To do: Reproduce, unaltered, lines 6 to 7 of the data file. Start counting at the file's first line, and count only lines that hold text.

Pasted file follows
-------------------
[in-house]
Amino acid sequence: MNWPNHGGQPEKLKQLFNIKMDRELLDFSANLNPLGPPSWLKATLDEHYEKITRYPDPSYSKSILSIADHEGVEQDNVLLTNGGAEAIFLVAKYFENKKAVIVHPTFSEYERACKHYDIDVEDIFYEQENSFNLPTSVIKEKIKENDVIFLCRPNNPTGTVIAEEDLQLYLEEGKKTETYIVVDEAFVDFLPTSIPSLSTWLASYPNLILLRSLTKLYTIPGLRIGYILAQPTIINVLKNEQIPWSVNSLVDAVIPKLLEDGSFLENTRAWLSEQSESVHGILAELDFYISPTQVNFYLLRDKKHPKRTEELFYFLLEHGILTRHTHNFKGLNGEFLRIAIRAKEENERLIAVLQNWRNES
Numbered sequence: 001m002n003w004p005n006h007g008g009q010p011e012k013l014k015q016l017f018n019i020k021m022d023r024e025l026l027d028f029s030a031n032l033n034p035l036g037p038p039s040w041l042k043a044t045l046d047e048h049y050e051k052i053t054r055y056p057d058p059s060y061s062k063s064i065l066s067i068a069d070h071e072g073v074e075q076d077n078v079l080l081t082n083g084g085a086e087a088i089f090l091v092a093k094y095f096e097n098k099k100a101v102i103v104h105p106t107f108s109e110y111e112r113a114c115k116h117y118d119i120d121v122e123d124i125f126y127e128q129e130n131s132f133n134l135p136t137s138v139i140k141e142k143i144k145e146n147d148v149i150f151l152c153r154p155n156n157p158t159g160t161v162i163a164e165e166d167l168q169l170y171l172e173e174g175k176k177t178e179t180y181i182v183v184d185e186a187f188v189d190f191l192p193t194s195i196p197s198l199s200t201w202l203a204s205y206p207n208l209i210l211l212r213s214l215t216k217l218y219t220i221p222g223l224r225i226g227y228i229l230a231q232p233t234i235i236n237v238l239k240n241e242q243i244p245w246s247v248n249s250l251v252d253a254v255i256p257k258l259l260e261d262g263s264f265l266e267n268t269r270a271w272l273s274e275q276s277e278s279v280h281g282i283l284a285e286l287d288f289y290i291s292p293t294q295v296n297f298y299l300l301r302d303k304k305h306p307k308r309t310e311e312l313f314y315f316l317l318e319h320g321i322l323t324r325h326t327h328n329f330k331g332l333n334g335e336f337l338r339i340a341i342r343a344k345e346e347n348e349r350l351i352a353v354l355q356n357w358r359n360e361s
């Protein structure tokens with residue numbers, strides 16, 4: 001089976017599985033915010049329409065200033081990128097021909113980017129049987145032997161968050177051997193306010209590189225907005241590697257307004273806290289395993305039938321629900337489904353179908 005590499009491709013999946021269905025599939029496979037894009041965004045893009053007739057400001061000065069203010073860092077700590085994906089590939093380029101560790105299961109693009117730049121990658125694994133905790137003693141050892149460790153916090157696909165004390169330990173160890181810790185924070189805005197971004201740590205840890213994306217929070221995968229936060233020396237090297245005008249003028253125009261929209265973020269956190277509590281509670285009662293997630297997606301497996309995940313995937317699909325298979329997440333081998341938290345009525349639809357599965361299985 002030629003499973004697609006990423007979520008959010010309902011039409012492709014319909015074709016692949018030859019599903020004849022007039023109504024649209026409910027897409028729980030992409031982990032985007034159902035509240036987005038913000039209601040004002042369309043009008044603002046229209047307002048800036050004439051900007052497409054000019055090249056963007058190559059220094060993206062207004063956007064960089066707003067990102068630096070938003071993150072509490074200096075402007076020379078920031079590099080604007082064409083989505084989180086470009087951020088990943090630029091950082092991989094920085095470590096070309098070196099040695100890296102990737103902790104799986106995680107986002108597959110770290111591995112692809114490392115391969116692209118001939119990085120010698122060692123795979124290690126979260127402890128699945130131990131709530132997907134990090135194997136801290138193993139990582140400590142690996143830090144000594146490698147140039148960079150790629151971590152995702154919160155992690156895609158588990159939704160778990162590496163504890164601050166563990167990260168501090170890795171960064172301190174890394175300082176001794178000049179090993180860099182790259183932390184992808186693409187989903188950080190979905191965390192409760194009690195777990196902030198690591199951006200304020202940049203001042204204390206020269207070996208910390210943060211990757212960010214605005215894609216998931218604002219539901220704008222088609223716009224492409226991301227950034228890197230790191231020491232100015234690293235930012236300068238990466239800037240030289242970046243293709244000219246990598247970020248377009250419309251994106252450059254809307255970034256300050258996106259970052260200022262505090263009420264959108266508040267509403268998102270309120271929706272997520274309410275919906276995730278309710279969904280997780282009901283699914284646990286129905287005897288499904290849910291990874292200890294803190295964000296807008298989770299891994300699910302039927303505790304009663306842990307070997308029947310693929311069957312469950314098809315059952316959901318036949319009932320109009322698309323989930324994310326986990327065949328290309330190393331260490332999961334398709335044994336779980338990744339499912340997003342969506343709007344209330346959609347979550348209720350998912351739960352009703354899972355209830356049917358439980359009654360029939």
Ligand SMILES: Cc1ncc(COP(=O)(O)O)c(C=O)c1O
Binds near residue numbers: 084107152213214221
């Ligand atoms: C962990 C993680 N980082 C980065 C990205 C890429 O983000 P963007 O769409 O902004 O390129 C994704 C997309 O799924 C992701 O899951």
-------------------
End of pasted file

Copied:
Binds near residue numbers: 084107152213214221
């Ligand atoms: C962990 C993680 N980082 C980065 C990205 C890429 O983000 P963007 O769409 O902004 O390129 C994704 C997309 O799924 C992701 O899951």